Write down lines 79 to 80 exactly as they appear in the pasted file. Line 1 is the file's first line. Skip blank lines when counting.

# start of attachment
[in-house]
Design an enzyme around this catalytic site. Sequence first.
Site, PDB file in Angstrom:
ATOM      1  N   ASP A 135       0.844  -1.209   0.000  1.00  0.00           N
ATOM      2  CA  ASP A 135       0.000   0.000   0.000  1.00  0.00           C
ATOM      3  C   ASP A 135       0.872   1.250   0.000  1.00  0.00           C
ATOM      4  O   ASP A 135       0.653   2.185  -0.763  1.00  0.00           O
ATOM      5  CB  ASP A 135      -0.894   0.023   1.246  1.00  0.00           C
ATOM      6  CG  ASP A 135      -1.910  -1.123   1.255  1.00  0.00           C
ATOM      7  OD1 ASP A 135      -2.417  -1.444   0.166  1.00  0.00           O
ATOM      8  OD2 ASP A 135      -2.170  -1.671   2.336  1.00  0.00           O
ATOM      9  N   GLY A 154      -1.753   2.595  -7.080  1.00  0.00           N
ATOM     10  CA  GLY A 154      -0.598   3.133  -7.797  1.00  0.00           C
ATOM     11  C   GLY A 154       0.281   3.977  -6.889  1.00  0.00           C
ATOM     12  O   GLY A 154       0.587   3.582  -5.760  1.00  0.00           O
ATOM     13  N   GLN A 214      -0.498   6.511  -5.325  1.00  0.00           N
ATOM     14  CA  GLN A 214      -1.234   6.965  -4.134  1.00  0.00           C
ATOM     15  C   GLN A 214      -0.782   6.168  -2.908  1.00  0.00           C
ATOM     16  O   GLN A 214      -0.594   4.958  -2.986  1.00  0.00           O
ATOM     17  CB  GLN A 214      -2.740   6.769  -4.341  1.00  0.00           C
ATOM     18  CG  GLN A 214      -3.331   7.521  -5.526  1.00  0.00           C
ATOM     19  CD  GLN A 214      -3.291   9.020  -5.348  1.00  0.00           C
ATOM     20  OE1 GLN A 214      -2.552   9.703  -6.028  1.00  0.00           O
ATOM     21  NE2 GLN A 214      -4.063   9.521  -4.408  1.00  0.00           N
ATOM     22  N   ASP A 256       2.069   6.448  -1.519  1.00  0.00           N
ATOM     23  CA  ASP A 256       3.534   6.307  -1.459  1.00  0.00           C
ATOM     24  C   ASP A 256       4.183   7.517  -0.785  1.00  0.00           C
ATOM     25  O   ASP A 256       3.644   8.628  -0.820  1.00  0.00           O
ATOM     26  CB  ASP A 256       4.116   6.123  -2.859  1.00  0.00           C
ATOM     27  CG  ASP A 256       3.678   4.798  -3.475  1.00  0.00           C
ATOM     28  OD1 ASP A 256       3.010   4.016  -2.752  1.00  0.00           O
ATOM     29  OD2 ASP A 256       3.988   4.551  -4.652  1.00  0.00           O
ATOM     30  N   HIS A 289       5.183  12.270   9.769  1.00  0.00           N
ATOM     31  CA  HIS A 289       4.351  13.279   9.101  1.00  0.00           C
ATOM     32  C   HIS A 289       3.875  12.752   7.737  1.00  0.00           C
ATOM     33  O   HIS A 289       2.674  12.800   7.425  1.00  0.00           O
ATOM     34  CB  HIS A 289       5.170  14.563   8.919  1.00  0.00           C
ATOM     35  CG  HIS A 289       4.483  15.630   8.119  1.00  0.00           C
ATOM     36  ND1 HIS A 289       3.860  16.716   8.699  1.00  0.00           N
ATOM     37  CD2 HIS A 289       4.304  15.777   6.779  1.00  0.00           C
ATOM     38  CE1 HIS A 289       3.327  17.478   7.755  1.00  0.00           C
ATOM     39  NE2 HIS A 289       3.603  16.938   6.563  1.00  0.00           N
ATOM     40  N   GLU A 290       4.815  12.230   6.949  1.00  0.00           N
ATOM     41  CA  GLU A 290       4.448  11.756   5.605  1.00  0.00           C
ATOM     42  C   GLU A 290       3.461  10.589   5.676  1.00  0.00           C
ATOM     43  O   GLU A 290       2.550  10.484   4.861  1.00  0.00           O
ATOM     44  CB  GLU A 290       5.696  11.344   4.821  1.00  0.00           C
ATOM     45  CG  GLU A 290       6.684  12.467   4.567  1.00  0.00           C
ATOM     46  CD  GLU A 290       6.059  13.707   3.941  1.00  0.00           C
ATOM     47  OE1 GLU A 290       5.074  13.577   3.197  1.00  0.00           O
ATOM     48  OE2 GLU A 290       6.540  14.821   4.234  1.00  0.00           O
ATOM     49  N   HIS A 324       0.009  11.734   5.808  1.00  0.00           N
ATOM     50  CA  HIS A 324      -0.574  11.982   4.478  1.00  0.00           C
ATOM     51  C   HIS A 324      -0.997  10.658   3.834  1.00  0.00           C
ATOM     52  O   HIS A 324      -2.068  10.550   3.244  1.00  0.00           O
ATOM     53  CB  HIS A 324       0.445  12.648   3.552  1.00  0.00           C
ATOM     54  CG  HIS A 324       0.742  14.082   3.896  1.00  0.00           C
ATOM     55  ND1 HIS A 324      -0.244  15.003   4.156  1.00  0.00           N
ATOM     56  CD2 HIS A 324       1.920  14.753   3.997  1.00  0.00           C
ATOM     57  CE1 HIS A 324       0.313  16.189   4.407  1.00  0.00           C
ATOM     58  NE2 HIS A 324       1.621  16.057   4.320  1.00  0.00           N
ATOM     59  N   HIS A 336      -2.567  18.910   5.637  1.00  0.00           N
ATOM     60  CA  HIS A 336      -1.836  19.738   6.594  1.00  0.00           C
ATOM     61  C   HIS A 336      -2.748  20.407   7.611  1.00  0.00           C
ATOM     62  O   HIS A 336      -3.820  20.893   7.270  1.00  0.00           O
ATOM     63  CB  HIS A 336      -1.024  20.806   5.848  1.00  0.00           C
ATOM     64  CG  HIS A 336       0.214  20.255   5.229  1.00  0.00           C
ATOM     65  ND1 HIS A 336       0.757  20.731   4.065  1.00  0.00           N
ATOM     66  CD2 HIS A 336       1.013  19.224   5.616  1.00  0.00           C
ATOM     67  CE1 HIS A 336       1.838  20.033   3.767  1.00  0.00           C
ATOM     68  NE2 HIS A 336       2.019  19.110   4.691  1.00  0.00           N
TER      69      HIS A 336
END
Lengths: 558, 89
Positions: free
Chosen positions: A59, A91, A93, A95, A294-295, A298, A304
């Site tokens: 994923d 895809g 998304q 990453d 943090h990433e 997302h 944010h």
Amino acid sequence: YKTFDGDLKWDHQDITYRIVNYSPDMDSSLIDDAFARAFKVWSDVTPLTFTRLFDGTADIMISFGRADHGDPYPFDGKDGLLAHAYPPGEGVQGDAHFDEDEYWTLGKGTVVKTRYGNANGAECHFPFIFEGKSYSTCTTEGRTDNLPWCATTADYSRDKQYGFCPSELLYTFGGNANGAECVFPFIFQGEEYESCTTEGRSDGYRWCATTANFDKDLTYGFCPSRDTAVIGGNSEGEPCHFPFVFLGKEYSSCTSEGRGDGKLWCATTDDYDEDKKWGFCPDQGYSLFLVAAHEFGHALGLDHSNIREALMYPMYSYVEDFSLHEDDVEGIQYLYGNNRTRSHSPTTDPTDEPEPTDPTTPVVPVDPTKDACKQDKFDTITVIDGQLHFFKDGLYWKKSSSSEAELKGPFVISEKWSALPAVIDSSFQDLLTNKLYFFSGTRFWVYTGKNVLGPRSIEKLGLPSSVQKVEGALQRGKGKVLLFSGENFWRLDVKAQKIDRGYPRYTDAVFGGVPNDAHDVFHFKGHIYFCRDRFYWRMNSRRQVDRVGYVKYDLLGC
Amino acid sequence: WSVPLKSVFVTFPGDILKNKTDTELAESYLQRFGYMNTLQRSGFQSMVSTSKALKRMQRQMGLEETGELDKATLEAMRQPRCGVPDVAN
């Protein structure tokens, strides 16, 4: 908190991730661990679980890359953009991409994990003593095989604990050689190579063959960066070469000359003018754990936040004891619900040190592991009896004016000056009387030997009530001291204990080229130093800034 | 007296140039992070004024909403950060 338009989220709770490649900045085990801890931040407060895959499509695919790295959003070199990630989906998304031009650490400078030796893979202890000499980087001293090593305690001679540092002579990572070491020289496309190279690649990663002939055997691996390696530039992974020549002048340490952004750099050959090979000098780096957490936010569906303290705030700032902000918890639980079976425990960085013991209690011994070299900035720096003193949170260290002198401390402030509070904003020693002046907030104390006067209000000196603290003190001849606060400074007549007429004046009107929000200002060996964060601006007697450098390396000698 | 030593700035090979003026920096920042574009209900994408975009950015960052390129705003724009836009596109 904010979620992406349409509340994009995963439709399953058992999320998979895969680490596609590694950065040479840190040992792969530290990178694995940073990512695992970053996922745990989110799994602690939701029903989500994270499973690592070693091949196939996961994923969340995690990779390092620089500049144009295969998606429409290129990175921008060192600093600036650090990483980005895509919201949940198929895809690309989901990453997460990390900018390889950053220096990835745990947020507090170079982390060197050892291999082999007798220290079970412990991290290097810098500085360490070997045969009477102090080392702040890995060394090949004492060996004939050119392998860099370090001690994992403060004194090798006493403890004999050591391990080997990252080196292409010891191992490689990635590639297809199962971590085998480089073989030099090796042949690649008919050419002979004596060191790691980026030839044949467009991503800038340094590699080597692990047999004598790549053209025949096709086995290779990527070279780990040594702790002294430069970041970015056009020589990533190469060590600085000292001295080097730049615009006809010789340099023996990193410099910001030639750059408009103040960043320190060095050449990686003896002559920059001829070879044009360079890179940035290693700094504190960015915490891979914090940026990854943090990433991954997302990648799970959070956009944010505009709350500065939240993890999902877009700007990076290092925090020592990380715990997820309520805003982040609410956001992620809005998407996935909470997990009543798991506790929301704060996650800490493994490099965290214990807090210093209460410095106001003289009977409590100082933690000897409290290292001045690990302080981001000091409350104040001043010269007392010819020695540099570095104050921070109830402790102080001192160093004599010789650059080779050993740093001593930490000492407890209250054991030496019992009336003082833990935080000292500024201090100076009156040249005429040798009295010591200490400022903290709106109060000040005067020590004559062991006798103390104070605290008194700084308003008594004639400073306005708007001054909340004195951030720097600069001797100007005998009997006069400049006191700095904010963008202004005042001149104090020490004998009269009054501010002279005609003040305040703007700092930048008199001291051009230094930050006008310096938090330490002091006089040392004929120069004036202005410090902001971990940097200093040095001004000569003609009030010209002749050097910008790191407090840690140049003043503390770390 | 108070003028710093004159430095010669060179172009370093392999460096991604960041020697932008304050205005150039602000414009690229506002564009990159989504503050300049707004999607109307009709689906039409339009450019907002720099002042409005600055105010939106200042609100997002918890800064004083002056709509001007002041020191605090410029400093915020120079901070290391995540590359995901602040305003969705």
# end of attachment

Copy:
Amino acid sequence: WSVPLKSVFVTFPGDILKNKTDTELAESYLQRFGYMNTLQRSGFQSMVSTSKALKRMQRQMGLEETGELDKATLEAMRQPRCGVPDVAN
């Protein structure tokens, strides 16, 4: 908190991730661990679980890359953009991409994990003593095989604990050689190579063959960066070469000359003018754990936040004891619900040190592991009896004016000056009387030997009530001291204990080229130093800034 | 007296140039992070004024909403950060 338009989220709770490649900045085990801890931040407060895959499509695919790295959003070199990630989906998304031009650490400078030796893979202890000499980087001293090593305690001679540092002579990572070491020289496309190279690649990663002939055997691996390696530039992974020549002048340490952004750099050959090979000098780096957490936010569906303290705030700032902000918890639980079976425990960085013991209690011994070299900035720096003193949170260290002198401390402030509070904003020693002046907030104390006067209000000196603290003190001849606060400074007549007429004046009107929000200002060996964060601006007697450098390396000698 | 030593700035090979003026920096920042574009209900994408975009950015960052390129705003724009836009596109 904010979620992406349409509340994009995963439709399953058992999320998979895969680490596609590694950065040479840190040992792969530290990178694995940073990512695992970053996922745990989110799994602690939701029903989500994270499973690592070693091949196939996961994923969340995690990779390092620089500049144009295969998606429409290129990175921008060192600093600036650090990483980005895509919201949940198929895809690309989901990453997460990390900018390889950053220096990835745990947020507090170079982390060197050892291999082999007798220290079970412990991290290097810098500085360490070997045969009477102090080392702040890995060394090949004492060996004939050119392998860099370090001690994992403060004194090798006493403890004999050591391990080997990252080196292409010891191992490689990635590639297809199962971590085998480089073989030099090796042949690649008919050419002979004596060191790691980026030839044949467009991503800038340094590699080597692990047999004598790549053209025949096709086995290779990527070279780990040594702790002294430069970041970015056009020589990533190469060590600085000292001295080097730049615009006809010789340099023996990193410099910001030639750059408009103040960043320190060095050449990686003896002559920059001829070879044009360079890179940035290693700094504190960015915490891979914090940026990854943090990433991954997302990648799970959070956009944010505009709350500065939240993890999902877009700007990076290092925090020592990380715990997820309520805003982040609410956001992620809005998407996935909470997990009543798991506790929301704060996650800490493994490099965290214990807090210093209460410095106001003289009977409590100082933690000897409290290292001045690990302080981001000091409350104040001043010269007392010819020695540099570095104050921070109830402790102080001192160093004599010789650059080779050993740093001593930490000492407890209250054991030496019992009336003082833990935080000292500024201090100076009156040249005429040798009295010591200490400022903290709106109060000040005067020590004559062991006798103390104070605290008194700084308003008594004639400073306005708007001054909340004195951030720097600069001797100007005998009997006069400049006191700095904010963008202004005042001149104090020490004998009269009054501010002279005609003040305040703007700092930048008199001291051009230094930050006008310096938090330490002091006089040392004929120069004036202005410090902001971990940097200093040095001004000569003609009030010209002749050097910008790191407090840690140049003043503390770390 | 108070003028710093004159430095010669060179172009370093392999460096991604960041020697932008304050205005150039602000414009690229506002564009990159989504503050300049707004999607109307009709689906039409339009450019907002720099002042409005600055105010939106200042609100997002918890800064004083002056709509001007002041020191605090410029400093915020120079901070290391995540590359995901602040305003969705």